Would others please describe their experiences with video consultations?
0 # Andrew Baird 2020-10-01 20:42
Re: The Avant Telehealth Survey.

I can't find any reference to ethics approval. Does anyone know if this survey has ethics approval?

I note that respondents who provide telehealth reported an average of 34% consultations by audio/phone compared to 17% by video.

That is, 33% of non-in-person consultations were by video.

Based on Medicare data for May and June this year, consultations by video were for only 3% of non-in-person consultations by GPs. For Specialists, consultations by video were for 16% of non-in-person consultations. These data have been reported by the Centre for Online Health, University of Queensland.

The percentage of non-in-person consultations that were by video seems high in the Avant survey.
0 # Andrew Baird 2020-10-06 15:28
I received a reply from Avant. The survey did not have ethics approval as it was considered 'low risk'.
0 # Shyan Goh 2020-10-07 10:56
Sorry Andrew, but did you think the survey should have been requiring ethics approval? (not trying to be argumentative here but just wondering about your logic and expectation)
Firstly it would have been a voluntary survey for the members
And there would usually be some attempts at explaining the aims T & C clauses as well
Members would have some expectations the result will be made available to members +/- public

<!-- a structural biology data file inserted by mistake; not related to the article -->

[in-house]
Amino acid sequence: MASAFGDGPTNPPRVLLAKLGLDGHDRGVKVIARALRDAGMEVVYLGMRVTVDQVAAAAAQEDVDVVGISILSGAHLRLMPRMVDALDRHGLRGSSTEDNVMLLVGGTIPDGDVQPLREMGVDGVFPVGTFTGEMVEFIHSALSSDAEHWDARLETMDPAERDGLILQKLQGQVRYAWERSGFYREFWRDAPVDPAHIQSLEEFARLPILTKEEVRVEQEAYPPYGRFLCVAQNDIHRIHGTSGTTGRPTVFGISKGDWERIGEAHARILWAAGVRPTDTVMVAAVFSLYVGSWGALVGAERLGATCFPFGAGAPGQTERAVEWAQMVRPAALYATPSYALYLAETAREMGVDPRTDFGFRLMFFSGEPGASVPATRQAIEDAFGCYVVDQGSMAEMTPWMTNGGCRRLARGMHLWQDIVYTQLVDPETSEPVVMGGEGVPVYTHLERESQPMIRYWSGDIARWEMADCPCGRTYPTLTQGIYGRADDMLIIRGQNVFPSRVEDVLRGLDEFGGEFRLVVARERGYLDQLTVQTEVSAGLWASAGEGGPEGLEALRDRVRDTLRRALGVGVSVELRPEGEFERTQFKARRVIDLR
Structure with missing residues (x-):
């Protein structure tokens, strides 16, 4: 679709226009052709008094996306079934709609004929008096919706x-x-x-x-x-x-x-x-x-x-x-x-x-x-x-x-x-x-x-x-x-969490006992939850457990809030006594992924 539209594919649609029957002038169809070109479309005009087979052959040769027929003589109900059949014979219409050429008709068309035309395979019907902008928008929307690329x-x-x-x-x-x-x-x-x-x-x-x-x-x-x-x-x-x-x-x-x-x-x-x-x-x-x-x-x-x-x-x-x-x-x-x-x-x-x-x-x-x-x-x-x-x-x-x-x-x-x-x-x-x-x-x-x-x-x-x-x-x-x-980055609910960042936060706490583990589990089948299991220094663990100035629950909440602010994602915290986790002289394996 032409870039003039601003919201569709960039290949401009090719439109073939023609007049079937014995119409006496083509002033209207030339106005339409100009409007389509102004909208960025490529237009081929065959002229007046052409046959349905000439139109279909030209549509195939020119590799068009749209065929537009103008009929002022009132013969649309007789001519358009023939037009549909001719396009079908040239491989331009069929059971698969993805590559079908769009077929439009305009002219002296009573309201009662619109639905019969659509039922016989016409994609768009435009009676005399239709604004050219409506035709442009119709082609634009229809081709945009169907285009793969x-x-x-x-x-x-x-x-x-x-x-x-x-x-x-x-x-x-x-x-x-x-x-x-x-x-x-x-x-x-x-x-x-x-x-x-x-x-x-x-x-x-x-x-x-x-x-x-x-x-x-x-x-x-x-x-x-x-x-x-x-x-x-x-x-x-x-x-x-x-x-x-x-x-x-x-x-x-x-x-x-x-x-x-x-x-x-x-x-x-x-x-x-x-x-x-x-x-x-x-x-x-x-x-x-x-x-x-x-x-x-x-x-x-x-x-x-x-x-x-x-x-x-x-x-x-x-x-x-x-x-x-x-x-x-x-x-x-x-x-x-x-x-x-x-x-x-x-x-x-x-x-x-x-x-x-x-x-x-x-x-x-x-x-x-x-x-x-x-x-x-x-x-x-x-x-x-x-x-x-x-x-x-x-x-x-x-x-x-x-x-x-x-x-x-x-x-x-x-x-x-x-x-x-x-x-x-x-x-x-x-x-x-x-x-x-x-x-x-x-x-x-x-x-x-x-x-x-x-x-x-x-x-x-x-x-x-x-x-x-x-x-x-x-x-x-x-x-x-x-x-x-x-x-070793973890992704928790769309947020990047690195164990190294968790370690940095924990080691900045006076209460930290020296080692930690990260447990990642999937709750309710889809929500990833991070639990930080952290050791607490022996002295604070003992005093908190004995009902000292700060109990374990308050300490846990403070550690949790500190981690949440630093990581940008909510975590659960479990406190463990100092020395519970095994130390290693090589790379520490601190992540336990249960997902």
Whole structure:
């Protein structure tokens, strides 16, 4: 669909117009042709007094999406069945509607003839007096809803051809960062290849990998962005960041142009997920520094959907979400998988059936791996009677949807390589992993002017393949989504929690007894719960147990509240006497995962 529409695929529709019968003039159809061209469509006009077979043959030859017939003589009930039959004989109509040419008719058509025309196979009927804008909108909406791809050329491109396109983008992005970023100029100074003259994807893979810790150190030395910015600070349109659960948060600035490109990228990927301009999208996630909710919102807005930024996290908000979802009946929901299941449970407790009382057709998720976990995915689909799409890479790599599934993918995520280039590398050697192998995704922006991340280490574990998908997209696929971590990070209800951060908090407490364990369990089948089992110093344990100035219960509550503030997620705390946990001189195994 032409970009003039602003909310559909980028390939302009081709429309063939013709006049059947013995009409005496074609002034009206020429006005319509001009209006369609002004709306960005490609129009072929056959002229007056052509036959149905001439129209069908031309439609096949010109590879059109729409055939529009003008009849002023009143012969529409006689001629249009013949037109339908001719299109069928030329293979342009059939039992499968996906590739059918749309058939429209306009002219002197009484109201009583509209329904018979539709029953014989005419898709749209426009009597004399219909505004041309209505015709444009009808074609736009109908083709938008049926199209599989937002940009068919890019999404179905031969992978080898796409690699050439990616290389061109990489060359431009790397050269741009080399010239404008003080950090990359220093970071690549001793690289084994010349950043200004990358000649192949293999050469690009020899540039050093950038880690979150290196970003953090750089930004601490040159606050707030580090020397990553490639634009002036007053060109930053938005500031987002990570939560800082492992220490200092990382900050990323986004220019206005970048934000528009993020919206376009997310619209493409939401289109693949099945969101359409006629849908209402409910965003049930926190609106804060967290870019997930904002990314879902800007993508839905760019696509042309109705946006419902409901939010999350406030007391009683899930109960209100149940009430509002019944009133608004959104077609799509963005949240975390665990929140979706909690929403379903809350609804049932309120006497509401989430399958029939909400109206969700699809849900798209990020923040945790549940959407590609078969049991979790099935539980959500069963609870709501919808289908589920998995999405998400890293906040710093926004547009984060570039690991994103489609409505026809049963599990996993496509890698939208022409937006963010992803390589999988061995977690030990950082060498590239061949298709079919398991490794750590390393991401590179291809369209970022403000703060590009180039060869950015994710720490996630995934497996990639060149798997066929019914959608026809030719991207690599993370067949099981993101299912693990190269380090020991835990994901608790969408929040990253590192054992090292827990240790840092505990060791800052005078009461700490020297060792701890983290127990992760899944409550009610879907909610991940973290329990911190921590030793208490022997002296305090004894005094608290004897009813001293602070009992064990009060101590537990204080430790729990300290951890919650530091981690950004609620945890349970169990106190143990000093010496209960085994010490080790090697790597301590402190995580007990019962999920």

And individual responses and respondents would normally not be identified in a questionnaire survey nor affect their premium
It would have been not much different from say a newspaper survey although more involved than a yes/no click bait in the daily rag
0 # Andrew Baird 2020-10-07 14:42
The AVANT Telehealth Survey is 'low risk' as participants were anonymous. The only identifying factor is that the participants are AVANT members, as the survey was only sent to AVANT members.

You are correct, ethics' approval is not required for a 'low risk' survey of this nature. However, AVANT could still have applied for ethics approval, and obtained ethics approval. It wasn't essential, but it would have added some credibility to the survey.

Ethics approval is a proxy for quality in research. Research that has met the standards for ethics approval has better academic standing and better academic credentials than similar research that has not met the standards for ethics approval.

The absence of ethics approval for the AVANT Telehealth Survey supports my belief that it's a low-quality survey, not dissimilar to the quality of a news media survey. Interpretation of the AVANT Telehealth Survey findings should be in the context of the limitations of the Survey. I am not sure if the Survey's findings are all that credible or significant.
0 # Andrew Baird 2020-10-02 07:38
Re: “More than one third of respondents who are providing telehealth (37%) do not have guidelines, or sufficiently clear guidelines at work to determine who should be offered a telehealth consultation.”
Plenty of resources here and here , Membership not required.

The telehealth preamble (phone and video) should include:
1. Location (which might not be home address) - important to know where the patient is if emergency services are required
2. Privacy - patient alone in a private room? (not driving, not sitting in a cafe (couldn't do that in Melbourne anyway ...) )
3. Screen for symptoms of serious disease - urgent action required (pain, breathlessness, drowsiness, bleeding)